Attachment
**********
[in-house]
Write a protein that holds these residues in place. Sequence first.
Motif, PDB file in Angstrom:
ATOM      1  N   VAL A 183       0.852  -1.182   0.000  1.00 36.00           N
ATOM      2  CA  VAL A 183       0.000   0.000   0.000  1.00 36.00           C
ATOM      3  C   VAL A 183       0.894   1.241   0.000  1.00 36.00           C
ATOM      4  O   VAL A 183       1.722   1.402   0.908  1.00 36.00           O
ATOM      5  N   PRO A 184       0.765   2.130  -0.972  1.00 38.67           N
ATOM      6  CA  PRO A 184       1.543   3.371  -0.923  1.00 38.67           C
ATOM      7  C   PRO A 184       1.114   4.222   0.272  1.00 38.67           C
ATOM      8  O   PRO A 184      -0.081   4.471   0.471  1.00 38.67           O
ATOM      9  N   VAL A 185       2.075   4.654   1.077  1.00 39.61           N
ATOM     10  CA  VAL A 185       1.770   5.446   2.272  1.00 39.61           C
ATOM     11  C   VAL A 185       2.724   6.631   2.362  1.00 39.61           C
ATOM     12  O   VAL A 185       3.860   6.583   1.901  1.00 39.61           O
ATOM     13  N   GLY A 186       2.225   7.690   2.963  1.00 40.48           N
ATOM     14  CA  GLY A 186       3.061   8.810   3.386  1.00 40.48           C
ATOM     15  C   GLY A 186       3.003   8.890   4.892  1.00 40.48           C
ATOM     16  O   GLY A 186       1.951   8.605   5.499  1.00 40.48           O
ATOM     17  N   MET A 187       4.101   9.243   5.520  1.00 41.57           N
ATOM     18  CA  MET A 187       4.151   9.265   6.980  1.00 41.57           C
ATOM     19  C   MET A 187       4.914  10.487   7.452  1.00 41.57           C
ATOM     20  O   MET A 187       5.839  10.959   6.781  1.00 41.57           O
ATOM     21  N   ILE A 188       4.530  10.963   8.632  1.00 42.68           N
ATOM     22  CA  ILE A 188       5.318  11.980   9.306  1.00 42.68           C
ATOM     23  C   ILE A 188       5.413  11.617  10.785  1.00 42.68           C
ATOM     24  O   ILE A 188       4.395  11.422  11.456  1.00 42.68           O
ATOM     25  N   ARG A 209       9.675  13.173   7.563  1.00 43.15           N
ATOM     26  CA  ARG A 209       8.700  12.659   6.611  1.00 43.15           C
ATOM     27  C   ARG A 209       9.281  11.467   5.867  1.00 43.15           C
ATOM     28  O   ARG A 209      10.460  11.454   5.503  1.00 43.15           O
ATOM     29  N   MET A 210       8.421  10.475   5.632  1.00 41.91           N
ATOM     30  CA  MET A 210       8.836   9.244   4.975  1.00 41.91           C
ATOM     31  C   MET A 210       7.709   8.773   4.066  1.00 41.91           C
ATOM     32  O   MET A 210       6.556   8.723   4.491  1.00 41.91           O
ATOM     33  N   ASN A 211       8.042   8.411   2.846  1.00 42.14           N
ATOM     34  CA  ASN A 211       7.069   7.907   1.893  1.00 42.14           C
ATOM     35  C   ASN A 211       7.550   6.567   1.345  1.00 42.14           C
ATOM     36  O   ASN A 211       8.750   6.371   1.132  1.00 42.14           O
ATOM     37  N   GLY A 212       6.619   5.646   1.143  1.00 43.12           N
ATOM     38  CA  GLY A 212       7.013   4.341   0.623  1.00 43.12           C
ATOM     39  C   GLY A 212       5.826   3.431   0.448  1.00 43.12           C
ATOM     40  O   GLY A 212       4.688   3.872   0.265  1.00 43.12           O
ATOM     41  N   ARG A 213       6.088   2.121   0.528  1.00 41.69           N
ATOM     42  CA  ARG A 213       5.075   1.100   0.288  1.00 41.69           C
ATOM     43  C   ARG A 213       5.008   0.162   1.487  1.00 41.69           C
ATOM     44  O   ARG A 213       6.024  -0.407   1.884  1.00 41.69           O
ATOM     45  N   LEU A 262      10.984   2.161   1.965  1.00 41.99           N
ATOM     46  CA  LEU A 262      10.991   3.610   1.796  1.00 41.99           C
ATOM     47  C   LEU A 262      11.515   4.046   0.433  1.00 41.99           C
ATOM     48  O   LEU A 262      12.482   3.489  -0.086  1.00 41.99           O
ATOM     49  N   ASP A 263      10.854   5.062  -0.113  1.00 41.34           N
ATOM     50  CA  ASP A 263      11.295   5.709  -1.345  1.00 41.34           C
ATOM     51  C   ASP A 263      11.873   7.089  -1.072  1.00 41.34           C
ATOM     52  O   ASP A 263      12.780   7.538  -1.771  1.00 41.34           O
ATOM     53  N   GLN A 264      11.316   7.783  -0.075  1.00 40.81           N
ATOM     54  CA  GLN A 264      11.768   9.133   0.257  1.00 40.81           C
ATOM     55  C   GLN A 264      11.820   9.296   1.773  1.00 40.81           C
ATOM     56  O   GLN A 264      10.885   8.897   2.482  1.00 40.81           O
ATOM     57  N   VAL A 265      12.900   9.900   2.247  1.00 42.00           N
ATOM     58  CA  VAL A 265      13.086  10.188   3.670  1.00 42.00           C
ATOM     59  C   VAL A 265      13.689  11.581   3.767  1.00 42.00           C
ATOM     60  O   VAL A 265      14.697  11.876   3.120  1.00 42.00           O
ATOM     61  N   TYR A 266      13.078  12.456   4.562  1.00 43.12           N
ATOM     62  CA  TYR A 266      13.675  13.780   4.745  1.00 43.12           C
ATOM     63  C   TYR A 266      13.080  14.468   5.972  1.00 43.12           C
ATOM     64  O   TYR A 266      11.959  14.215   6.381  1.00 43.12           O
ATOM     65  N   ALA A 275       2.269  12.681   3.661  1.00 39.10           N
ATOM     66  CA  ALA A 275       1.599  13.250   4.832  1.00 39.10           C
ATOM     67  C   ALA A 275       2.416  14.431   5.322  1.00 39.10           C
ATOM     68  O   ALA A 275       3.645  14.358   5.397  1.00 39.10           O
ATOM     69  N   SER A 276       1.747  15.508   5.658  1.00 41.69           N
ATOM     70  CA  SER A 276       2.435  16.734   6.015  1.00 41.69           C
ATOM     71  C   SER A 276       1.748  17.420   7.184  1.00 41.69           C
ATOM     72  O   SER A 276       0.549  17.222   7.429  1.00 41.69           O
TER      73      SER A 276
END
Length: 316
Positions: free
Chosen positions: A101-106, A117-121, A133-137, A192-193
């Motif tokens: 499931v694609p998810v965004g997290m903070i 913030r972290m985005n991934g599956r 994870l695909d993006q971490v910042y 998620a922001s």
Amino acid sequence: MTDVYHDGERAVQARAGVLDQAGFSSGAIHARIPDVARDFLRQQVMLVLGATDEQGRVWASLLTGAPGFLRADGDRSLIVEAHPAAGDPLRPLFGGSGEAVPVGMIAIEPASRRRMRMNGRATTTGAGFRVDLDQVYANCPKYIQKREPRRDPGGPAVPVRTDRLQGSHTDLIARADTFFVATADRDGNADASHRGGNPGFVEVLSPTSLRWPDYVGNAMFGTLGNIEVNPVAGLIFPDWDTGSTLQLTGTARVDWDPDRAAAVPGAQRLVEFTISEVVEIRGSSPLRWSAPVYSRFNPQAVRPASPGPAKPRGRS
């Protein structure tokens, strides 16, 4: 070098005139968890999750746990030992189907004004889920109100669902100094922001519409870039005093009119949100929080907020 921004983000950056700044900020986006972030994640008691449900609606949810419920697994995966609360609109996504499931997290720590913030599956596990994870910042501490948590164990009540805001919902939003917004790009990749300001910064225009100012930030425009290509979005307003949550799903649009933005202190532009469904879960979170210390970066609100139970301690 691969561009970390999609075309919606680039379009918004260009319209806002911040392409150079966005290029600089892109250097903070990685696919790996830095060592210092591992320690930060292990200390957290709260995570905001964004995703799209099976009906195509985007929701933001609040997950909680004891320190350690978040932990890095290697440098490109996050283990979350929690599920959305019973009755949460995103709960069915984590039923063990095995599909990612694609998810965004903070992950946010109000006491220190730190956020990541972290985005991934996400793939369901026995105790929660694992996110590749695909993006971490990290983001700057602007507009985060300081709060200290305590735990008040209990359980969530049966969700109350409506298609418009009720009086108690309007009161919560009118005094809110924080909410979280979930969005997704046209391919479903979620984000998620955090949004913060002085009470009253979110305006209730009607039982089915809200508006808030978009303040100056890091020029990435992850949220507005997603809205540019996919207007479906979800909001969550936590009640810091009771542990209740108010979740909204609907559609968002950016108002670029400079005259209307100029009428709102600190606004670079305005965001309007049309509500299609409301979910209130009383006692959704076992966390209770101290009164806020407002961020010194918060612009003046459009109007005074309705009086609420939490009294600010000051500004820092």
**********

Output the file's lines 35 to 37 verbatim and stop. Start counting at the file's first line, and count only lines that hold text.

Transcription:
ATOM     32  O   MET A 210       6.556   8.723   4.491  1.00 41.91           O
ATOM     33  N   ASN A 211       8.042   8.411   2.846  1.00 42.14           N
ATOM     34  CA  ASN A 211       7.069   7.907   1.893  1.00 42.14           C